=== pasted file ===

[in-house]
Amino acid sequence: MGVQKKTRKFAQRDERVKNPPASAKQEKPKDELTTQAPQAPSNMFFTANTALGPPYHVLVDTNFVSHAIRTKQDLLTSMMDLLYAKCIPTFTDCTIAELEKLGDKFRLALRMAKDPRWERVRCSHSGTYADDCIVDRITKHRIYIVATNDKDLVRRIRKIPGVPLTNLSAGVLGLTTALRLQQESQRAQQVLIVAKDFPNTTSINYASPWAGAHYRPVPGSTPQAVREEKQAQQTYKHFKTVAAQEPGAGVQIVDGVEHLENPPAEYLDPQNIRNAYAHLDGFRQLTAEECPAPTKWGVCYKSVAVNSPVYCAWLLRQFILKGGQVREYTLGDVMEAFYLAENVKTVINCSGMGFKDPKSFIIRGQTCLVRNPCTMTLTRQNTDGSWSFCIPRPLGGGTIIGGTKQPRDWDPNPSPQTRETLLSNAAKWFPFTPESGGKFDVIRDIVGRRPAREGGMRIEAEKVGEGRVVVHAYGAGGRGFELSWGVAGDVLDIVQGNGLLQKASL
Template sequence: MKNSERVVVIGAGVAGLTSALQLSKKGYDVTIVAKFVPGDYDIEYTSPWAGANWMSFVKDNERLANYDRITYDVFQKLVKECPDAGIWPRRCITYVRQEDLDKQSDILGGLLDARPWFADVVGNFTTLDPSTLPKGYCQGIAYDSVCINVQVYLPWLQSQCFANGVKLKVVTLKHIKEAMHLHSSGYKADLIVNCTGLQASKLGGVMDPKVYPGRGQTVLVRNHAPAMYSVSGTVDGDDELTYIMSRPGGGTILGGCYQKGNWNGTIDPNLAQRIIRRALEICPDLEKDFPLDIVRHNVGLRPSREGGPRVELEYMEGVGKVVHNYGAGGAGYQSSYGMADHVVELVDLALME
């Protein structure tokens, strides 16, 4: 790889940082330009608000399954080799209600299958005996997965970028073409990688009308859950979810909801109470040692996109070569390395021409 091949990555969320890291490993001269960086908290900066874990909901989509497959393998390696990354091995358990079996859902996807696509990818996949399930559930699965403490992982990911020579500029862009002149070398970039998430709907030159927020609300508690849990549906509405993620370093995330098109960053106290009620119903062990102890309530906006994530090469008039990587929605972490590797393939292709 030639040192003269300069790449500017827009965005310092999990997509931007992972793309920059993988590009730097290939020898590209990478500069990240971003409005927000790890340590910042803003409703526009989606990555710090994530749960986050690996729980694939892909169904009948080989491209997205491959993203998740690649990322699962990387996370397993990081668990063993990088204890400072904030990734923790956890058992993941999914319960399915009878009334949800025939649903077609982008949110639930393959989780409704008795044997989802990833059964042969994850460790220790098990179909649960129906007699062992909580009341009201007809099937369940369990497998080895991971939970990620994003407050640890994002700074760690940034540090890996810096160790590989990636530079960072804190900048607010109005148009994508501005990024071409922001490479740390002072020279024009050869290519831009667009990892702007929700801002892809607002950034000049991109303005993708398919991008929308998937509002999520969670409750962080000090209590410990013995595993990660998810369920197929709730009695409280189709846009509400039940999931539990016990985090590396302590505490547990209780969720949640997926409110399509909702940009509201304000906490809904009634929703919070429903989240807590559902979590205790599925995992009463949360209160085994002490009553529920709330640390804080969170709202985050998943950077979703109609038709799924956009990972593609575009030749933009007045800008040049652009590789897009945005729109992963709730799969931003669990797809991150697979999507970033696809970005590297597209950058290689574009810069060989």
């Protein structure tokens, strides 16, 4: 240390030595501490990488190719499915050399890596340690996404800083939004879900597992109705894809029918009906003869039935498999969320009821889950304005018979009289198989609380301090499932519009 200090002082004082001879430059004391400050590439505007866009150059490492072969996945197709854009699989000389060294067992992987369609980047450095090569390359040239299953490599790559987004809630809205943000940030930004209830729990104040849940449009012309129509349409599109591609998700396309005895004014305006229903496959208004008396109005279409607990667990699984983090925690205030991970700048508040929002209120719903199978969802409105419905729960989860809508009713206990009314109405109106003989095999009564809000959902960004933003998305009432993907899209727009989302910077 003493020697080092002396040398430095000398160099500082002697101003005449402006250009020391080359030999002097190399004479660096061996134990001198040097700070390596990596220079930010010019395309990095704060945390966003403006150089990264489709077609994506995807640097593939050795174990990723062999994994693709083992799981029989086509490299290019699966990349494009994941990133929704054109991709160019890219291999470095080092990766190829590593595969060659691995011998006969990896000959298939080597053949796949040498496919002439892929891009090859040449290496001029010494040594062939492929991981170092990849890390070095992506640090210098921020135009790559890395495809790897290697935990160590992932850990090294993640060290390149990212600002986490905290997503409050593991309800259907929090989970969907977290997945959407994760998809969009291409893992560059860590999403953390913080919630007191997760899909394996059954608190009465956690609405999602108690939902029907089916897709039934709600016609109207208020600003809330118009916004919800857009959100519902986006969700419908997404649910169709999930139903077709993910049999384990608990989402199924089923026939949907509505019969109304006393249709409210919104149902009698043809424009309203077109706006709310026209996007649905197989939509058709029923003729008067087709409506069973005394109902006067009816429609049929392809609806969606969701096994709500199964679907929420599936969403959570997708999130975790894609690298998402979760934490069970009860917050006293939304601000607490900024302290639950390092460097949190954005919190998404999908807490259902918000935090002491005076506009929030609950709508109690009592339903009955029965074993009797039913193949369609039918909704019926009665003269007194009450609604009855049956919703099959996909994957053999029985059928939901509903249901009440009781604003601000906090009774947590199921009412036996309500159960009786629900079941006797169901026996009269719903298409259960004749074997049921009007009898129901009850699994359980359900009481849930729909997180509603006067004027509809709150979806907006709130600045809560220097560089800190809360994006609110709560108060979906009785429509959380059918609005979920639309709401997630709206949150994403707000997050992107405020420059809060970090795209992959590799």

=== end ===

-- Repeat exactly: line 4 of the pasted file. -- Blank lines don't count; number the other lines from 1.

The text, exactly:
């Protein structure tokens, strides 16, 4: 790889940082330009608000399954080799209600299958005996997965970028073409990688009308859950979810909801109470040692996109070569390395021409 091949990555969320890291490993001269960086908290900066874990909901989509497959393998390696990354091995358990079996859902996807696509990818996949399930559930699965403490992982990911020579500029862009002149070398970039998430709907030159927020609300508690849990549906509405993620370093995330098109960053106290009620119903062990102890309530906006994530090469008039990587929605972490590797393939292709 030639040192003269300069790449500017827009965005310092999990997509931007992972793309920059993988590009730097290939020898590209990478500069990240971003409005927000790890340590910042803003409703526009989606990555710090994530749960986050690996729980694939892909169904009948080989491209997205491959993203998740690649990322699962990387996370397993990081668990063993990088204890400072904030990734923790956890058992993941999914319960399915009878009334949800025939649903077609982008949110639930393959989780409704008795044997989802990833059964042969994850460790220790098990179909649960129906007699062992909580009341009201007809099937369940369990497998080895991971939970990620994003407050640890994002700074760690940034540090890996810096160790590989990636530079960072804190900048607010109005148009994508501005990024071409922001490479740390002072020279024009050869290519831009667009990892702007929700801002892809607002950034000049991109303005993708398919991008929308998937509002999520969670409750962080000090209590410990013995595993990660998810369920197929709730009695409280189709846009509400039940999931539990016990985090590396302590505490547990209780969720949640997926409110399509909702940009509201304000906490809904009634929703919070429903989240807590559902979590205790599925995992009463949360209160085994002490009553529920709330640390804080969170709202985050998943950077979703109609038709799924956009990972593609575009030749933009007045800008040049652009590789897009945005729109992963709730799969931003669990797809991150697979999507970033696809970005590297597209950058290689574009810069060989």